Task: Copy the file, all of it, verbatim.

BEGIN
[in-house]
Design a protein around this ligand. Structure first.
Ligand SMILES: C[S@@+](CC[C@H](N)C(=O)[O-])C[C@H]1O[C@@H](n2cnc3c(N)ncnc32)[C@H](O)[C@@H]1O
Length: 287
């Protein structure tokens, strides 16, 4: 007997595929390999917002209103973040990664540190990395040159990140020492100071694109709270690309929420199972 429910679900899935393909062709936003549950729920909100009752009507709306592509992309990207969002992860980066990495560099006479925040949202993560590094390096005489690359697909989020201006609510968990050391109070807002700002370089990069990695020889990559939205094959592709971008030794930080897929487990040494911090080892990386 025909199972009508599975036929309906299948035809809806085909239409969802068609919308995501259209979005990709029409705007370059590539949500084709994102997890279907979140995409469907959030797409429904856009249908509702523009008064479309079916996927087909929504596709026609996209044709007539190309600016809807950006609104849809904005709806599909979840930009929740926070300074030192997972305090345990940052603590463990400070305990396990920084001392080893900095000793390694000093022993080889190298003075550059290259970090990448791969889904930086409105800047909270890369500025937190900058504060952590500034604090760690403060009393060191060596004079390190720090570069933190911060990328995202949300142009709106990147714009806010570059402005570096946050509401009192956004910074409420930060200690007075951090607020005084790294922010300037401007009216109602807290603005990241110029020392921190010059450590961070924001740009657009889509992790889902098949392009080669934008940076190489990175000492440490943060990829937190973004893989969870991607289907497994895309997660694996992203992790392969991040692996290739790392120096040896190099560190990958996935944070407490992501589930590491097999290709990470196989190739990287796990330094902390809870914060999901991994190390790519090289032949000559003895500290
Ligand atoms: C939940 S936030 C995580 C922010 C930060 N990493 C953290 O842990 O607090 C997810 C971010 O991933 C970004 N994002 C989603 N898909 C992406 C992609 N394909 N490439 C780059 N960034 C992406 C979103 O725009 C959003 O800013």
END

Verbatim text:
[in-house]
Design a protein around this ligand. Structure first.
Ligand SMILES: C[S@@+](CC[C@H](N)C(=O)[O-])C[C@H]1O[C@@H](n2cnc3c(N)ncnc32)[C@H](O)[C@@H]1O
Length: 287
């Protein structure tokens, strides 16, 4: 007997595929390999917002209103973040990664540190990395040159990140020492100071694109709270690309929420199972 429910679900899935393909062709936003549950729920909100009752009507709306592509992309990207969002992860980066990495560099006479925040949202993560590094390096005489690359697909989020201006609510968990050391109070807002700002370089990069990695020889990559939205094959592709971008030794930080897929487990040494911090080892990386 025909199972009508599975036929309906299948035809809806085909239409969802068609919308995501259209979005990709029409705007370059590539949500084709994102997890279907979140995409469907959030797409429904856009249908509702523009008064479309079916996927087909929504596709026609996209044709007539190309600016809807950006609104849809904005709806599909979840930009929740926070300074030192997972305090345990940052603590463990400070305990396990920084001392080893900095000793390694000093022993080889190298003075550059290259970090990448791969889904930086409105800047909270890369500025937190900058504060952590500034604090760690403060009393060191060596004079390190720090570069933190911060990328995202949300142009709106990147714009806010570059402005570096946050509401009192956004910074409420930060200690007075951090607020005084790294922010300037401007009216109602807290603005990241110029020392921190010059450590961070924001740009657009889509992790889902098949392009080669934008940076190489990175000492440490943060990829937190973004893989969870991607289907497994895309997660694996992203992790392969991040692996290739790392120096040896190099560190990958996935944070407490992501589930590491097999290709990470196989190739990287796990330094902390809870914060999901991994190390790519090289032949000559003895500290
Ligand atoms: C939940 S936030 C995580 C922010 C930060 N990493 C953290 O842990 O607090 C997810 C971010 O991933 C970004 N994002 C989603 N898909 C992406 C992609 N394909 N490439 C780059 N960034 C992406 C979103 O725009 C959003 O800013």